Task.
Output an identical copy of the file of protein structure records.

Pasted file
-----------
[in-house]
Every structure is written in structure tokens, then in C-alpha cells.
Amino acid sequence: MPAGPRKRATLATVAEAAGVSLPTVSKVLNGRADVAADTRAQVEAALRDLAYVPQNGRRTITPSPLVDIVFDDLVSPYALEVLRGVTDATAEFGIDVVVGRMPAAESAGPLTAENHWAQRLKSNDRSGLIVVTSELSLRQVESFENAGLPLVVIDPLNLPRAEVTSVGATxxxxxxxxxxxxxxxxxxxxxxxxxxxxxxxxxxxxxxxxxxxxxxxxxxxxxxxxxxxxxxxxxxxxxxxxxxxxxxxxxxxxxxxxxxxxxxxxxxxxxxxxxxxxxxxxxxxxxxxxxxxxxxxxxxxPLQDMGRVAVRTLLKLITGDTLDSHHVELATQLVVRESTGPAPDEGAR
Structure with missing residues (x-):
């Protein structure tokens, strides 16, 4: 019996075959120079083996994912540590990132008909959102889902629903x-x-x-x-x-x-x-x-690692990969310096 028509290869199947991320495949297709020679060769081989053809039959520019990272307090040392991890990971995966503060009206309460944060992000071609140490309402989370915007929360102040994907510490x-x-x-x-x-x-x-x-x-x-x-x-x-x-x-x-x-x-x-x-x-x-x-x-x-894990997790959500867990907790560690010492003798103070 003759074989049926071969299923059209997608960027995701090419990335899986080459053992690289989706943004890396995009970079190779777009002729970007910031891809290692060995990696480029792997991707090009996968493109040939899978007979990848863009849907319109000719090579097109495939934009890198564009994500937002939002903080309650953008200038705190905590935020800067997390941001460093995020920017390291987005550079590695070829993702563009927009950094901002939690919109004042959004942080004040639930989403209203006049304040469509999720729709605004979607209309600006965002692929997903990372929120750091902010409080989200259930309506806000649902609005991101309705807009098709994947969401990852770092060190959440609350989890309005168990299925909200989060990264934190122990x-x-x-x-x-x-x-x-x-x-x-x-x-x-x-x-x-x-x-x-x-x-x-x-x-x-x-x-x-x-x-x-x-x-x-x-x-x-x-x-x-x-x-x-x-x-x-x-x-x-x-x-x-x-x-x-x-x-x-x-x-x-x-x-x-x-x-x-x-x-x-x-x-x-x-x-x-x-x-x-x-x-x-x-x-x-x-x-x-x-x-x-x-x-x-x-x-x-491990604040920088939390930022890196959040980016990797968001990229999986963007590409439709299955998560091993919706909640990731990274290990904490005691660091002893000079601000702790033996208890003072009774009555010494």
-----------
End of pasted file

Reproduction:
[in-house]
Every structure is written in structure tokens, then in C-alpha cells.
Amino acid sequence: MPAGPRKRATLATVAEAAGVSLPTVSKVLNGRADVAADTRAQVEAALRDLAYVPQNGRRTITPSPLVDIVFDDLVSPYALEVLRGVTDATAEFGIDVVVGRMPAAESAGPLTAENHWAQRLKSNDRSGLIVVTSELSLRQVESFENAGLPLVVIDPLNLPRAEVTSVGATxxxxxxxxxxxxxxxxxxxxxxxxxxxxxxxxxxxxxxxxxxxxxxxxxxxxxxxxxxxxxxxxxxxxxxxxxxxxxxxxxxxxxxxxxxxxxxxxxxxxxxxxxxxxxxxxxxxxxxxxxxxxxxxxxxxPLQDMGRVAVRTLLKLITGDTLDSHHVELATQLVVRESTGPAPDEGAR
Structure with missing residues (x-):
């Protein structure tokens, strides 16, 4: 019996075959120079083996994912540590990132008909959102889902629903x-x-x-x-x-x-x-x-690692990969310096 028509290869199947991320495949297709020679060769081989053809039959520019990272307090040392991890990971995966503060009206309460944060992000071609140490309402989370915007929360102040994907510490x-x-x-x-x-x-x-x-x-x-x-x-x-x-x-x-x-x-x-x-x-x-x-x-x-894990997790959500867990907790560690010492003798103070 003759074989049926071969299923059209997608960027995701090419990335899986080459053992690289989706943004890396995009970079190779777009002729970007910031891809290692060995990696480029792997991707090009996968493109040939899978007979990848863009849907319109000719090579097109495939934009890198564009994500937002939002903080309650953008200038705190905590935020800067997390941001460093995020920017390291987005550079590695070829993702563009927009950094901002939690919109004042959004942080004040639930989403209203006049304040469509999720729709605004979607209309600006965002692929997903990372929120750091902010409080989200259930309506806000649902609005991101309705807009098709994947969401990852770092060190959440609350989890309005168990299925909200989060990264934190122990x-x-x-x-x-x-x-x-x-x-x-x-x-x-x-x-x-x-x-x-x-x-x-x-x-x-x-x-x-x-x-x-x-x-x-x-x-x-x-x-x-x-x-x-x-x-x-x-x-x-x-x-x-x-x-x-x-x-x-x-x-x-x-x-x-x-x-x-x-x-x-x-x-x-x-x-x-x-x-x-x-x-x-x-x-x-x-x-x-x-x-x-x-x-x-x-x-x-491990604040920088939390930022890196959040980016990797968001990229999986963007590409439709299955998560091993919706909640990731990274290990904490005691660091002893000079601000702790033996208890003072009774009555010494």